June 20, 2012

Another "official" result: USA+Israel unilaterally launched cyberwar against Iran

The question of the moment has been answered by WaPo - Flame was from the same USA/Israeli campaign that used Stuxnet to destroy 1000 centrifuges:

The United States and Israel jointly developed a sophisticated computer virus nicknamed Flame that collected intelligence in preparation for cyber-sabotage aimed at slowing Iran’s ability to develop a nuclear weapon, according to Western officials with knowledge of the effort.

USA and Israel have launched a campaign of cyber attacks against Iran. Unilateral, undeclared, surprise attacks.

Last year the Pentagon concluded “that computer sabotage coming from another country can constitute an act of war” according to the Wall Street Journal. Back in 2010, Secretary of State Hillary Clinton declared “countries or individuals that engage in cyber attacks should face consequences and international condemnation.”

Given the evidentiary nature of tracking a nation's actions in war, a newspaper expose is generally about as good as it gets. For non-USA readers, the Washington Post is one of the top handful papers, and they won't be making mistakes on this one. In this case, we get one better - the FBI are investigating leaks into the Stuxnet disclosures, and have thus confirmed the basic accuracy of the WaPo revelations.

Targetting and destroying centrifuges is about as clear and directed an attack as it gets in warfare. By way of analogue, it's little different to the classical bombing attacks of WWII directed against ball-bearing factories in the Ruhr. Like the city/factory bombing campaign of those days, this campaign also appears to be flexible in target scope:

Flame came to light last month after Iran detected a series of cyberattacks on its oil industry. The disruption was directed by Israel in a unilateral operation that apparently caught its American partners off guard, according to several U.S. and Western officials who spoke on the condition of anonymity.

OK, let's take down their oil industry. Who the heck cares?

Well, perhaps there are some responses possible. We'll leave with just this one thought from Bruce Schneier:

There's a common belief within the U.S. military that cyberweapons [mitigation] are not in our best interest: that we currently have a military advantage in cyberspace that we should not squander. That's not true. We might have an offensive advantage -- although that's debatable -- but we certainly don't have a defensive advantage. More importantly, as a heavily networked country, we are inherently vulnerable in cyberspace.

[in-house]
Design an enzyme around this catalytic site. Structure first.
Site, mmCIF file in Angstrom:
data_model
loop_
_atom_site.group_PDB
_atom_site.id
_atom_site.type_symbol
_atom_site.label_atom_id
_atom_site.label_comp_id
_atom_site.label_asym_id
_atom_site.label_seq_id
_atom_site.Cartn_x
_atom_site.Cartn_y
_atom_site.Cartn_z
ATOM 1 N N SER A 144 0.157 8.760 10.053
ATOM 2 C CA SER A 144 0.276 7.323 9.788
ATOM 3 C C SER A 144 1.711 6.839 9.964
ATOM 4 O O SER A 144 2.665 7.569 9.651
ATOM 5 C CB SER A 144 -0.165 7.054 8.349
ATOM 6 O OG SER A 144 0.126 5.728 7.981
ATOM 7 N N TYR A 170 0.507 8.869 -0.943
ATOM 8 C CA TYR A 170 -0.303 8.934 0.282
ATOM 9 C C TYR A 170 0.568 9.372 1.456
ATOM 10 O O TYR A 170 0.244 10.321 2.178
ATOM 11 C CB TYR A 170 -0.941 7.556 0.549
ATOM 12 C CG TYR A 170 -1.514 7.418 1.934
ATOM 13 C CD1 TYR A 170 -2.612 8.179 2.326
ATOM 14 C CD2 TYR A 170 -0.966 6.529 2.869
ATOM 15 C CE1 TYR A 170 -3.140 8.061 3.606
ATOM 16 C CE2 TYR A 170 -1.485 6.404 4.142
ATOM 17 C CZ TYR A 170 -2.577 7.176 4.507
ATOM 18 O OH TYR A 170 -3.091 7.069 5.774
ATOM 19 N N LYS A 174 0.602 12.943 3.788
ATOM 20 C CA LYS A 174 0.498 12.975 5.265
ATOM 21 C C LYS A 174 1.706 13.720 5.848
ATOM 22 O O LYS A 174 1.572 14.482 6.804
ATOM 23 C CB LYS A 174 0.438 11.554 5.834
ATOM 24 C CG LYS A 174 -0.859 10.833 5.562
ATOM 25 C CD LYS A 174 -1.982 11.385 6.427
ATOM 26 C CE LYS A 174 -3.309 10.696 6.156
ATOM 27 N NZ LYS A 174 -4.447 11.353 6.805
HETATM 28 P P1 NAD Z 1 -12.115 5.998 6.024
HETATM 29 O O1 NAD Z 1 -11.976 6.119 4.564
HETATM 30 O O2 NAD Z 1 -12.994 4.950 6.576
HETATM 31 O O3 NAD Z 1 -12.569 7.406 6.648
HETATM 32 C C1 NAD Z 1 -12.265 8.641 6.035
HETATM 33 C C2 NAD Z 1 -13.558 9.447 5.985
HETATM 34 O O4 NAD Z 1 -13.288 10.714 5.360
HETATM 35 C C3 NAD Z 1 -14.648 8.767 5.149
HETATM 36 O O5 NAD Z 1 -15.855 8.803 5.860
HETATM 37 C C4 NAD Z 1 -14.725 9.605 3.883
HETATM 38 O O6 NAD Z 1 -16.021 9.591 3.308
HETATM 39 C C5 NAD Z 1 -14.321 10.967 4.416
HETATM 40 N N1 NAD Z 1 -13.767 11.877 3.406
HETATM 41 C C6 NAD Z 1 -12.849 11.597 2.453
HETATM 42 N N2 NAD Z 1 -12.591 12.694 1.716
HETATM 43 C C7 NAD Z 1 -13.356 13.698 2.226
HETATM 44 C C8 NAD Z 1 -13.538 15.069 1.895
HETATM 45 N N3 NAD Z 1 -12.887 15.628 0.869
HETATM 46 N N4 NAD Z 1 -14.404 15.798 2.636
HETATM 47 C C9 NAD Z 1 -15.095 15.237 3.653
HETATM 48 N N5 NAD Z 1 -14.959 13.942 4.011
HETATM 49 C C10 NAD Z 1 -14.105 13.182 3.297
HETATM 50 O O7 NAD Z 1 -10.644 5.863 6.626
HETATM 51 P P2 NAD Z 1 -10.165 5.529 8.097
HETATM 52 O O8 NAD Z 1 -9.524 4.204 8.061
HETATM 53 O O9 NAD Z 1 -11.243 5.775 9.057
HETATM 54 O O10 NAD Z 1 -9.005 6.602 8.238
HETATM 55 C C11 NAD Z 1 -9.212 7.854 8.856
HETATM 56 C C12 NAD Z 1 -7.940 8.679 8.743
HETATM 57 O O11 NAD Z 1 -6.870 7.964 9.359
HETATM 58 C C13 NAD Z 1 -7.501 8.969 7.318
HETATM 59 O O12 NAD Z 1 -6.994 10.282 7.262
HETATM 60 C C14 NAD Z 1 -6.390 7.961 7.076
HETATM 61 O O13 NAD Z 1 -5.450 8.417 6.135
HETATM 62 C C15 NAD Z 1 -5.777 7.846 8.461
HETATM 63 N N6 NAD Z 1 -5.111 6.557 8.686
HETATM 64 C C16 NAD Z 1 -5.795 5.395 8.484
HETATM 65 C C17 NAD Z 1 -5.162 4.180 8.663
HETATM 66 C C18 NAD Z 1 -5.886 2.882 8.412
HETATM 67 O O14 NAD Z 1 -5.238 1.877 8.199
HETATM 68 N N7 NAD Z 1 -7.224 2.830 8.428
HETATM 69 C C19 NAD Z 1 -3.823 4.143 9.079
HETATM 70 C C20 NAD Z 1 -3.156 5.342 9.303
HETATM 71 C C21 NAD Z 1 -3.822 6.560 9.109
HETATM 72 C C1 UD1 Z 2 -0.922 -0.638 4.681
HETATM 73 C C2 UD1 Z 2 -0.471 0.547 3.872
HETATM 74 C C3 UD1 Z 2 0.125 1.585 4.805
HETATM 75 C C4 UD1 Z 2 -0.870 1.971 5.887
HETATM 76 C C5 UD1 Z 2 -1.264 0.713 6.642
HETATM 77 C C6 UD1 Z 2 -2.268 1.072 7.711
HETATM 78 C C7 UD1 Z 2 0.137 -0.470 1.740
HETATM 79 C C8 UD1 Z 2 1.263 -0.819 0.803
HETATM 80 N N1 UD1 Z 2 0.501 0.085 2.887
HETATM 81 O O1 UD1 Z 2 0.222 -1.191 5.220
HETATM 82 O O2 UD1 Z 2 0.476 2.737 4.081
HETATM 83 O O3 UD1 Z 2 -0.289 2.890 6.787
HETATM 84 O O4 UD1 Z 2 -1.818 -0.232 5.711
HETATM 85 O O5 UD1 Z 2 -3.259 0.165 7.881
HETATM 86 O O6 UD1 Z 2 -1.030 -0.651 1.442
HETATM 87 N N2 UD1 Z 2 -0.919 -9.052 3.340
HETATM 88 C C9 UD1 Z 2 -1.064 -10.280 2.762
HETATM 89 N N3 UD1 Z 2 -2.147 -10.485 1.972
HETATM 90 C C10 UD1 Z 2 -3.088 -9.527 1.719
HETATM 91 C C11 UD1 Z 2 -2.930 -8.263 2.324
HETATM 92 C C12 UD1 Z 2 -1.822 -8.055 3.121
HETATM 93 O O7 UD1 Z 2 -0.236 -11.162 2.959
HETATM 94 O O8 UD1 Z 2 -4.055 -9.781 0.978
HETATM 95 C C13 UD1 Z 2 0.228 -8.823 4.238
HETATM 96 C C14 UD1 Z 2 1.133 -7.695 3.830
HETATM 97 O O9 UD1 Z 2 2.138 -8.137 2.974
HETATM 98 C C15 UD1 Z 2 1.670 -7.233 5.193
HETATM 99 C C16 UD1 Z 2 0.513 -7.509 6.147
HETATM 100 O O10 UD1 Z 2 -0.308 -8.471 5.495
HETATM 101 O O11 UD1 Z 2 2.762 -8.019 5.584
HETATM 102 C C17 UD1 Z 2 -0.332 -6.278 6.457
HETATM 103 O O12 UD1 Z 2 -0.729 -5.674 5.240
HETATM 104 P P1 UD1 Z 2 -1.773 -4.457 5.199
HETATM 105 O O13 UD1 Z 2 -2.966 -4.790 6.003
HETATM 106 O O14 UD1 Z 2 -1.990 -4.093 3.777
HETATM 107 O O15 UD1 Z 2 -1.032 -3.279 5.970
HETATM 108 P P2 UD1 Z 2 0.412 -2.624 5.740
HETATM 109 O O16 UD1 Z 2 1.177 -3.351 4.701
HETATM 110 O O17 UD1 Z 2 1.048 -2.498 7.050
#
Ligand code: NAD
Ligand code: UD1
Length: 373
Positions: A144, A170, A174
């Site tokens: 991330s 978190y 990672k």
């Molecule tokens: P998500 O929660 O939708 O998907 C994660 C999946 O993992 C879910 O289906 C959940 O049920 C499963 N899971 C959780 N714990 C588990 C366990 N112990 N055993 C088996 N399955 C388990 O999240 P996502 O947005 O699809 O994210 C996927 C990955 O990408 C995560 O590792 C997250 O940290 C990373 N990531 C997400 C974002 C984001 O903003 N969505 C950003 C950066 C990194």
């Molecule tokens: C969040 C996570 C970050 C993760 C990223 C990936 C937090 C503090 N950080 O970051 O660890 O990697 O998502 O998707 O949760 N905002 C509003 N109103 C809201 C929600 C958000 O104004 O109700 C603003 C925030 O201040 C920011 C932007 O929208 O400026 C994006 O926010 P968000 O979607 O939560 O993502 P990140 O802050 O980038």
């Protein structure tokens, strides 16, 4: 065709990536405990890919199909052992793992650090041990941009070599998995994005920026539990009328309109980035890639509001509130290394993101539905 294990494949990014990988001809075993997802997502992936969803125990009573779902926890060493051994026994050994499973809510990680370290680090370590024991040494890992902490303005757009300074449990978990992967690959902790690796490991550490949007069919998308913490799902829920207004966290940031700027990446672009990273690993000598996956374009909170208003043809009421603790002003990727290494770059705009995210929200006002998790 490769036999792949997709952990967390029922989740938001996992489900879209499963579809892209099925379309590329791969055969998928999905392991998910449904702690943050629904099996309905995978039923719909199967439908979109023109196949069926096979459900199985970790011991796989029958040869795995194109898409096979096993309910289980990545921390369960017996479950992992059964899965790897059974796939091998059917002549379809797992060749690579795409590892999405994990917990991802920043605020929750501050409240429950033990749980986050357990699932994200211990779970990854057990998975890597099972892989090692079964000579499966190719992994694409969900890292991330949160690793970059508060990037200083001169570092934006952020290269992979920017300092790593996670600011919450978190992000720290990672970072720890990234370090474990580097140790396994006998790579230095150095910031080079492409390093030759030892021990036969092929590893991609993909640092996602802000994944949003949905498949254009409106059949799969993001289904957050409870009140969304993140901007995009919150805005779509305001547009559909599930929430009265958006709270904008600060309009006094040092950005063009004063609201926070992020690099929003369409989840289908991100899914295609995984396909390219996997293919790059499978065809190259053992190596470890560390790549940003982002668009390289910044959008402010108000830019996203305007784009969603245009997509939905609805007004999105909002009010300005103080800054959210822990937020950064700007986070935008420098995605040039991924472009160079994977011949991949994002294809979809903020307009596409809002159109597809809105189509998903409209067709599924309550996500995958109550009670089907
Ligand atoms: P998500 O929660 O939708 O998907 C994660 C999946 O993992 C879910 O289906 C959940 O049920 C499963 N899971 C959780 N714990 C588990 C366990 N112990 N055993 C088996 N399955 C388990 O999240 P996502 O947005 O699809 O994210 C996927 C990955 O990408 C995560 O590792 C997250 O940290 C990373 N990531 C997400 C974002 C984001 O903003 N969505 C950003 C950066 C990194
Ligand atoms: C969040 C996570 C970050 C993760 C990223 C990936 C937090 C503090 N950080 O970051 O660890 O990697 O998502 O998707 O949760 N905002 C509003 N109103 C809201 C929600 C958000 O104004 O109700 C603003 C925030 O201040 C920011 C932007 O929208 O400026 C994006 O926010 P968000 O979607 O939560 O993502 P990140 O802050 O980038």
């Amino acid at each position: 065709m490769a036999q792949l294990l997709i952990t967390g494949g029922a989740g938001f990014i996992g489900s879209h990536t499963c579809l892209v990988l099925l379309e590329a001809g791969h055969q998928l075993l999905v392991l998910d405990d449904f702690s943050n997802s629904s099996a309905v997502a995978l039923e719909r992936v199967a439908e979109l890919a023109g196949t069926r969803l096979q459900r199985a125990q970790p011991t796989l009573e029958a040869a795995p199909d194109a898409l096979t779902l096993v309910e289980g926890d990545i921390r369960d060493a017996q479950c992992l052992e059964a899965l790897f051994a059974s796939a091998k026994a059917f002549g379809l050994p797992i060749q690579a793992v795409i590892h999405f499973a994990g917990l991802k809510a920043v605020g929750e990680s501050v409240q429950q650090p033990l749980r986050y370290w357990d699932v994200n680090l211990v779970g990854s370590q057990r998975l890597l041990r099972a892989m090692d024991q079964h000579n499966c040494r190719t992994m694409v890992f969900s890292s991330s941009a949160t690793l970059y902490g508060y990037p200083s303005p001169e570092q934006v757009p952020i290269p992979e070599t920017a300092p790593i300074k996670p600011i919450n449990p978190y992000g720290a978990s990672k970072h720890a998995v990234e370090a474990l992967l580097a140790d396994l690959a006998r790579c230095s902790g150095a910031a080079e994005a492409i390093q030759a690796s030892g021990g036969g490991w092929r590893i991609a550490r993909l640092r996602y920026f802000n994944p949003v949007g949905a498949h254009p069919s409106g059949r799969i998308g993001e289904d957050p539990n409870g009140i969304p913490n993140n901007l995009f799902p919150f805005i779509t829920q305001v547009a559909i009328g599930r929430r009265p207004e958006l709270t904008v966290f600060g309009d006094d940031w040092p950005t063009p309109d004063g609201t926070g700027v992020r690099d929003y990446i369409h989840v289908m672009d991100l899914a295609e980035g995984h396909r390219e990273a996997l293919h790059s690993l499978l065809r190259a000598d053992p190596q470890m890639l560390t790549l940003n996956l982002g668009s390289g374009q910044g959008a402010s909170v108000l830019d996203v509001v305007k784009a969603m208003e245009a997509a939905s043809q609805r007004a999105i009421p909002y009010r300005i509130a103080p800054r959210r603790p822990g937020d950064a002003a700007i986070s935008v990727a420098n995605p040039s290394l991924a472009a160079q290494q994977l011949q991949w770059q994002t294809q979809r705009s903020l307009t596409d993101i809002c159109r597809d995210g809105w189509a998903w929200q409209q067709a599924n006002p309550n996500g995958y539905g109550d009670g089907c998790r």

(I edited one word out for context. In his discussion he is talking about cyberweapon treaties, but the wider point remainst true.)

Ye reap what ye sew, and all that. For the USA, it's gonna get biblical - the new question for Washington DC is whether DHS is prepared for Iranian counterstrikes in cyberspace.

Posted by iang at June 20, 2012 05:28 PM | TrackBack

"the new question for Washington DC is whether DHS is prepared for Iranian counterstrikes in cyberspace."

Of course not and the political masters answer will be to try and take oversight of the private sector (as that's easier) than enforcing FISMA and strengthening internal federal oversight of security controls.

Posted by: Peter Thoenen at June 25, 2012 02:20 PM


Destroy our cyber enemies, say MPs.

So our MPs want to put Britain in the firing line.

Posted by: darren at July 17, 2012 04:16 PM

The people that run these SCADA systems for critical industrial controls rarely have a computer security mindset. They're engineers, and to them computers and computer networks are just another tool, not their main focus, so they really haven't the foggiest idea and they don't really care how stupid it is to control all that expensive equipment from a PC connected to the internet running a commodity operating system not known for its security, much less set it up for remote-desktop access from who knows where with a password typical of the average user.

You really don't want to leave these systems accessible to some hacker who thinks it's funny to destroy a municipal sewage pump station or turn a traffic signal green all four ways during rush hour, but it took the ignorance to a whole new level when they knew good and well that major nation-states didn't want them to be doing what they were doing, and yet they still didn't have basic security controls in place.

That was an expensive lesson for the Iranians, and rather a waste for us, because somehow I don't think it will be so easy to hack their centrifuges again, and just wait till Iran has nukes if you think gas is expensive now.

Posted by: justin at August 13, 2012 10:58 PM
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